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Sunday, Sept. 5, 1999
Ultranationalist groups: aliens with sunglasses
By AMY CHAVEZ
It's another Sunday in Japan as rightwing organizations in black buses the size of semi-trailer trucks roll through the city streets spewing nationalist slogans. These military-style buses are driven by men who are usually described by others as "wearing sunglasses." Japanese people hardly notice when a convoy of buses passes, speakers blasting at volumes too loud to comprehend what's being said. These buses don't go unnoticed by foreigners:
Foreigner No. 1: "What's that noise?"
Foreigner No. 2: "Look, aliens!"
Foreigner No. 1: "What?"
Foreigner No. 2: "They're wearing sunglasses!"
Foreigner No. 1: "I can't hear you."
Foreigner No. 2: "That's because you're holding your hands over your ears!"
If there is evidence that the higher the volume, the more people understand, then I'm going to incorporate this technique into my English teaching. The tricky part would be getting the bus into the classroom.
Although these rightwing organizations are dead against communism, their techniques of parading around in vehicles and assaulting passersby with propaganda and praises of the Emperor indeed remind one of communism. Whenever I see one of those vehicles, which costs millions of yen each, I think, what a waste of a good, mobile karaoke machine.
These buses also have tinted windows. I suppose these windows, along with the sunglasses, allow anonymity. It's like Japanese love hotels where you don't ever have to show your face. You just talk and exchange money with a man who stands behind a screen. Since you don't have to show your face, you can do whatever you want.
This anonymity is unheard of in the United States. In the U.S., if you're going to do something questionable, such as sneak into a hotel with a prostitute or ride around spewing noise pollution, you're going to have to show your face. Unless, of course, you're robbing a supermarket. In that case it's acceptable to wear a stocking over your head.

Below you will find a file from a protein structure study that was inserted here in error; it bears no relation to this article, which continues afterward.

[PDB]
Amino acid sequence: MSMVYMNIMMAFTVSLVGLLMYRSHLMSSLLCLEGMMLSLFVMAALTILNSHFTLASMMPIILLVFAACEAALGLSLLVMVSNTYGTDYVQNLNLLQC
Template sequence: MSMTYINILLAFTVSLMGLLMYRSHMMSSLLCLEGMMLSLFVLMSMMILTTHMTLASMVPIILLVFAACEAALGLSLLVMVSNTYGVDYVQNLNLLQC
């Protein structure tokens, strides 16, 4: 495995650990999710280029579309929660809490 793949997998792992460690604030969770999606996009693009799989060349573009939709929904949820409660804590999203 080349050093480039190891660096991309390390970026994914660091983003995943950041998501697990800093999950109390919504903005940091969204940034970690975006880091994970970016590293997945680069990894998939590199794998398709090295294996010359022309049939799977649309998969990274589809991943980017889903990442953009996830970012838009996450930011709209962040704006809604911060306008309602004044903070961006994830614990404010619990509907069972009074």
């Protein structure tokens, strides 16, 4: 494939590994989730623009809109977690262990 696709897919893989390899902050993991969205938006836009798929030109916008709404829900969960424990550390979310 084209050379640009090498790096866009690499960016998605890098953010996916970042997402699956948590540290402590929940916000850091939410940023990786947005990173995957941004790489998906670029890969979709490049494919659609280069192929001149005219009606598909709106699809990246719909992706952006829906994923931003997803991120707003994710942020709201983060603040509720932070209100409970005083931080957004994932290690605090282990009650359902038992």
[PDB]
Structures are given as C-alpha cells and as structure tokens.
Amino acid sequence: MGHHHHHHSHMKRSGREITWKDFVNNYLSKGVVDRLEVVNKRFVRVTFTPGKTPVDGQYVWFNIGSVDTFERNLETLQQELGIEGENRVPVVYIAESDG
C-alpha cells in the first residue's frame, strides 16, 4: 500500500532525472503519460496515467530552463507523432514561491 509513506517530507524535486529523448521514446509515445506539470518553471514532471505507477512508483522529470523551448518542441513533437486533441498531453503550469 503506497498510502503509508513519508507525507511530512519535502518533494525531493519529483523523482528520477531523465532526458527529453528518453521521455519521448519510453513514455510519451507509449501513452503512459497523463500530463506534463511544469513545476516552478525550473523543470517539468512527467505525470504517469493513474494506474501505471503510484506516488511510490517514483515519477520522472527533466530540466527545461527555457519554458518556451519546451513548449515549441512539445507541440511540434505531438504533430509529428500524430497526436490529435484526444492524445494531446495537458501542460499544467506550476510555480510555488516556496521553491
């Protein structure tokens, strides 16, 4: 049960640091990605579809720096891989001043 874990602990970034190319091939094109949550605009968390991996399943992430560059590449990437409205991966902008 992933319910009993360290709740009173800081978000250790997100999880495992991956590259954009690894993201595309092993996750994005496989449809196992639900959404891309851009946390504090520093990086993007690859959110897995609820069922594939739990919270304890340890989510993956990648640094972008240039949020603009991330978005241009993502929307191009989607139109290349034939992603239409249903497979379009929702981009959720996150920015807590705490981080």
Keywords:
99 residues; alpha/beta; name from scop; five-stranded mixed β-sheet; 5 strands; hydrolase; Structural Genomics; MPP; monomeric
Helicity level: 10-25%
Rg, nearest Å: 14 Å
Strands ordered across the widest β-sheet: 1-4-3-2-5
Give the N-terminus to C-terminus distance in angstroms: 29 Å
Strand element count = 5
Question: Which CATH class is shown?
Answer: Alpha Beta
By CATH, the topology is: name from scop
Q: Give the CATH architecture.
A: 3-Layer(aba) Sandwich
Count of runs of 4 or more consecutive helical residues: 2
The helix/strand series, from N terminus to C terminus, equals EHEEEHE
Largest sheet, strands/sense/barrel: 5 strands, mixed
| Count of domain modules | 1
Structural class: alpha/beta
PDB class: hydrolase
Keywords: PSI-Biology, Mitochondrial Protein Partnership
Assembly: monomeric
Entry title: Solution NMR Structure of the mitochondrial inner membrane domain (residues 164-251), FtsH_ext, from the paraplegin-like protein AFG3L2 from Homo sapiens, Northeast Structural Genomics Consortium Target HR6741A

My most recent encounter with the aliens in sunglasses was when I was in Kyoto on a Sunday. I was in a taxi, one of the best places to be when in Kyoto because the taxi drivers are more like chauffeurs. They wear uniforms with hats and white gloves and they jump out of their taxis to greet you. My taxi driver introduced himself with his full name then proceeded on to my destination, all the while explaining everything about Kyoto in the most polite language. Suddenly, "enka" music descended upon us and we were surrounded by black buses.
" 'Gaisen katsudo.' Ultranationalists," said the taxi driver. One bus pulled ahead of us and started swerving wildly, consuming both lanes.
The taxi driver laughed and said, "Very dangerous!"
"Why are they doing that?" I asked.
"They want attention," he said.
"In the form of irritation?" I asked.
"I don't know which lane he will swerve into next" the taxi driver said, and continued laughing.
"Don't the police do anything?" I asked.
"No," he laughed again.
"Who are they, anyway?"
"Hard to tell which group. Could be the Steel Helmet group, or the Association for Holy Punishment. Or a combination of many groups (ha, ha). Look at the license plates. Himeji, Hiroshima, Okayama, they're from all over (ha, ha). They like the Emperor (ha, ha). They are against foreign influences (ha, ha)."
"Like education?" I asked, slinking further down in the back seat.
"And many other things (ha, ha). They want to return the prewar Imperial education system. They like the 'Kimigayo,' you know, things Japanese (ha, ha)."
"What's that music they're playing now?"
"Oh, that's the Emperor's hymn (ha, ha). Those vehicles use a lot of gas. But when they go to the gas station, they don't pay. Everything is free for them (ha, ha)."
"Really? Why is that?" I asked. "I don't know," he said, and this made him laugh really hard. Then he added, "This is Japanese culture!" I laughed too, his laughter was infectious. "And I suppose they only eat Japanese food, right?" "Ha, ha," we both laughed. When I arrived at my destination we thanked each other profusely and laughed some more.
It was a relief to get back to my island, which is one of the few places in Japan devoid of gaisen katsudo ultranationalist groups. However, my house is old enough to have one element of Emperor worship; A picture of Emperor Showa still hangs in the living room. We kept it up because we thought it was quaint, even though our neighbors thought we were crazy. The neighbors were right.
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